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Consultant wraps up research into South Okanagan labour market

FILE PHOTO - Executive vice-president of MDB Insight Trudy Parsons, left, disusses her research into the South Okanagan labour market with Penticton city council's Committee of the Whole as Penticton Economic Development Officer Colleen Pennington looks on.
March 28, 2016 - 4:30 PM

PENTICTON - Among the findings of a city consultant discussing strategies to maximize opportunities for employers and employees in the region is a need to include everyone in the region who wishes to work, not just select groups.

Members of the city’s Committee of the Whole heard Executive Vice-President of MDB Insight Trudy Parsons deliver her overview of the labour market on March 21, prior to the submission of her final report at the end of the month.

“Right now, a number of strategies have been done looking at skilled labour and immigration, but the region also has mature workers, workers facing health or mental barriers that don’t currently fit into any strategy - we need to be accessing everyone in the labour force who wants to work,” Parsons says, adding the strategy developed would “collect, but not duplicate” what is already done.

Parsons says the Penticton and the South Okanagan needs an inclusive labour strategy with a formalized economic development initiative that will create local jobs, maximize the connection between the region’s skilled labour supply and its skilled labour demands, and provide an increased connection with educational institutions in order to coordinate educational efforts with local labour market needs.

The city’s image as a welcoming community for skilled workers and their families to settle and stay also needs refreshing, she says.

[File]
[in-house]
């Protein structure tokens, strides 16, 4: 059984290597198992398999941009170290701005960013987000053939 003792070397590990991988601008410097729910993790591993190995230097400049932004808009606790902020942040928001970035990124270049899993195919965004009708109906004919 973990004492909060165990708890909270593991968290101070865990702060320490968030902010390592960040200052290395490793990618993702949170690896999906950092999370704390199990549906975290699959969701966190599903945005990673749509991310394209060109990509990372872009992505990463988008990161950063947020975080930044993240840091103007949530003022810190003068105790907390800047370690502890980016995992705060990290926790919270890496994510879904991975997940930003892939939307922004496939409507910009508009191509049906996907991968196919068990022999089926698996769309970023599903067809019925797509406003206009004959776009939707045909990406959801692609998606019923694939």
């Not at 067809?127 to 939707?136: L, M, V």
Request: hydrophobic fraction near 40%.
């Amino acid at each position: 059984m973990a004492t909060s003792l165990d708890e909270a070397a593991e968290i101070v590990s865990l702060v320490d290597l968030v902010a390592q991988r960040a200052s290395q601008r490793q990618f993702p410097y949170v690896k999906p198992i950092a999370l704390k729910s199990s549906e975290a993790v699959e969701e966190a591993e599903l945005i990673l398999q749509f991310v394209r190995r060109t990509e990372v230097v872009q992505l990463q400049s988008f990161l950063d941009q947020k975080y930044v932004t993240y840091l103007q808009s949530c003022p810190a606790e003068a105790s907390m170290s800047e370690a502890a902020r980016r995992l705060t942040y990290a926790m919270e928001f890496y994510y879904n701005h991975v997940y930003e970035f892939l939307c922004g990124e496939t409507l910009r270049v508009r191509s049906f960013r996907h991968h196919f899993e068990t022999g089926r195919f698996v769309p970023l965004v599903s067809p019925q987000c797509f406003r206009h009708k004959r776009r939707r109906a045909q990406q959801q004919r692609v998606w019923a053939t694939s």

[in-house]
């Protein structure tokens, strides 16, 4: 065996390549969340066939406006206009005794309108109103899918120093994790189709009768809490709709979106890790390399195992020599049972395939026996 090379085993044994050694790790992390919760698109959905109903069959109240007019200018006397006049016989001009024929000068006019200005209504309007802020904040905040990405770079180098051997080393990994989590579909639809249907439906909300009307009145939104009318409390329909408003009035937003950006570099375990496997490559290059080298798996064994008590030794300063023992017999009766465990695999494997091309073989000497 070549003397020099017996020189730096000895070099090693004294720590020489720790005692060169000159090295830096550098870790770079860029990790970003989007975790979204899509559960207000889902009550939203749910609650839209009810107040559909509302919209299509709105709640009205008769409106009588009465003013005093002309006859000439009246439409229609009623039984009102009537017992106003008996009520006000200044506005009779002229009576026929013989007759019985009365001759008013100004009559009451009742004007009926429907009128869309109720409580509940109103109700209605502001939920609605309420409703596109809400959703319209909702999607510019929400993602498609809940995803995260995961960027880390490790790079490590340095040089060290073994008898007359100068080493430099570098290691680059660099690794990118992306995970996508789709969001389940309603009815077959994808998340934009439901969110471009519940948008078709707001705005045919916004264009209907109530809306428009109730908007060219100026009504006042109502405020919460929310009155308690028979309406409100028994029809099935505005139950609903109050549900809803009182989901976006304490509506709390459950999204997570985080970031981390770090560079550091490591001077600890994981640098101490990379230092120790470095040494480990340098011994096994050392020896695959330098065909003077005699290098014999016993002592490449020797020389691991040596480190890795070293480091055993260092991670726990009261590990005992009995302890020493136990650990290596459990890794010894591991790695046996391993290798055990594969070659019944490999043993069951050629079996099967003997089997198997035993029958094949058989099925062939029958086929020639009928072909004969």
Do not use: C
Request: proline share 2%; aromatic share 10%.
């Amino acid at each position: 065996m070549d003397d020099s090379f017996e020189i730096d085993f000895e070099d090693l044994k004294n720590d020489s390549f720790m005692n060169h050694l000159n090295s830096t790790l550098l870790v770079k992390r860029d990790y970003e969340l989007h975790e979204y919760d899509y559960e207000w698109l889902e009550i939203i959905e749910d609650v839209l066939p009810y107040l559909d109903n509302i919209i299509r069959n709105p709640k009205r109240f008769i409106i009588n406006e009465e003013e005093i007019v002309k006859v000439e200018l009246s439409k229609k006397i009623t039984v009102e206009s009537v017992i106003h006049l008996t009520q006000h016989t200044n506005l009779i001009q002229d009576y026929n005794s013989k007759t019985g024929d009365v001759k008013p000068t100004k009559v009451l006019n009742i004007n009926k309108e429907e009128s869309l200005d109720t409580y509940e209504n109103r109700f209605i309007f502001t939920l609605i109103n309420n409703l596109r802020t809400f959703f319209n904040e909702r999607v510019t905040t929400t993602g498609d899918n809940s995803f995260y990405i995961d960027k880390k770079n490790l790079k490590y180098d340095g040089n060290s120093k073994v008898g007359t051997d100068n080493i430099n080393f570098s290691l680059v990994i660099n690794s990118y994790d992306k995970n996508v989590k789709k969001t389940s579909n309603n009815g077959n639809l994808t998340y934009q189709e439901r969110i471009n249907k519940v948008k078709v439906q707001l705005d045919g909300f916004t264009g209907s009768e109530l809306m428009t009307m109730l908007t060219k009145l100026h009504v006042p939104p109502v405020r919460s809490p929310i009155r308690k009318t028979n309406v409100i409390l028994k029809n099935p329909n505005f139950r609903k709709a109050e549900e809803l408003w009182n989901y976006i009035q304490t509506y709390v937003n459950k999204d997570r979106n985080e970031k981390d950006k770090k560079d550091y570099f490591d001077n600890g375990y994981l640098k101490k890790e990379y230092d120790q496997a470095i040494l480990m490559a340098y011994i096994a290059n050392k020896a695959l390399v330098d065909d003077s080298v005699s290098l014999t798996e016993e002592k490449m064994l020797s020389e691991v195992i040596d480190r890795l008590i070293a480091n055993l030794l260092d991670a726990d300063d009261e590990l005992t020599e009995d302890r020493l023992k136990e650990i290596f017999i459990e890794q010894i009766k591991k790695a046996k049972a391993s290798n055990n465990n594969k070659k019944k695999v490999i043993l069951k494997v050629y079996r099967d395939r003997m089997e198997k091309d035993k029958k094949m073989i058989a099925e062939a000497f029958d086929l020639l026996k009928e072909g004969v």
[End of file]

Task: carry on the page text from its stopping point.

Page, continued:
Parsons' examination of local labour market conditions revealed employers found it difficult to recruit new skilled employees from outside the area because of concerns of limited career mobility and the size of the region’s population.

“If a skilled employee moves his whole family here, and the position doesn’t work out, there may not be any other suitable work available, and that can have significant financial considerations,” she says.

Dual family employment also plays a big role in recruiting skilled labour to the region, Parsons says.

“Even if they get here and they’ve lived here for a year or two, if the family hasn’t settled in, there’s that risk they’re going to relocate out of the area,” she says.

A number of employers told Parsons word of mouth was one of the most successful ways local employment needs are filled, although some are using the college as a pool for talent.

The idea of engaging local educational institutions to increase and coordinate curriculum with local labour market needs was looked at favourably by employers in the area, but she says more dialogue is needed between educators and the labour market.

Parsons says tying a labour market strategy to an economic development strategy will create a solid foundation that can be developed through a thorough understanding of local business, its projected growth and what occupations it will need in the future.

The research was made possible through a $70,000 provincial grant provided in 2015 to look at labour market trends in the region, in an effort to find out what needs to be done to attract and retain skilled labour to the area.

The next steps include the formulation of an implementation plan for a regional economic strategy over the next three years, with reports and performance evaluations made public at the end of each 12 month period.

To contact the reporter for this story, email Steve Arstad at or call 250-488-3065. To contact the editor, email or call 250-718-2724.

News from © InfoTel News Ltd, 2016
InfoTel News Ltd

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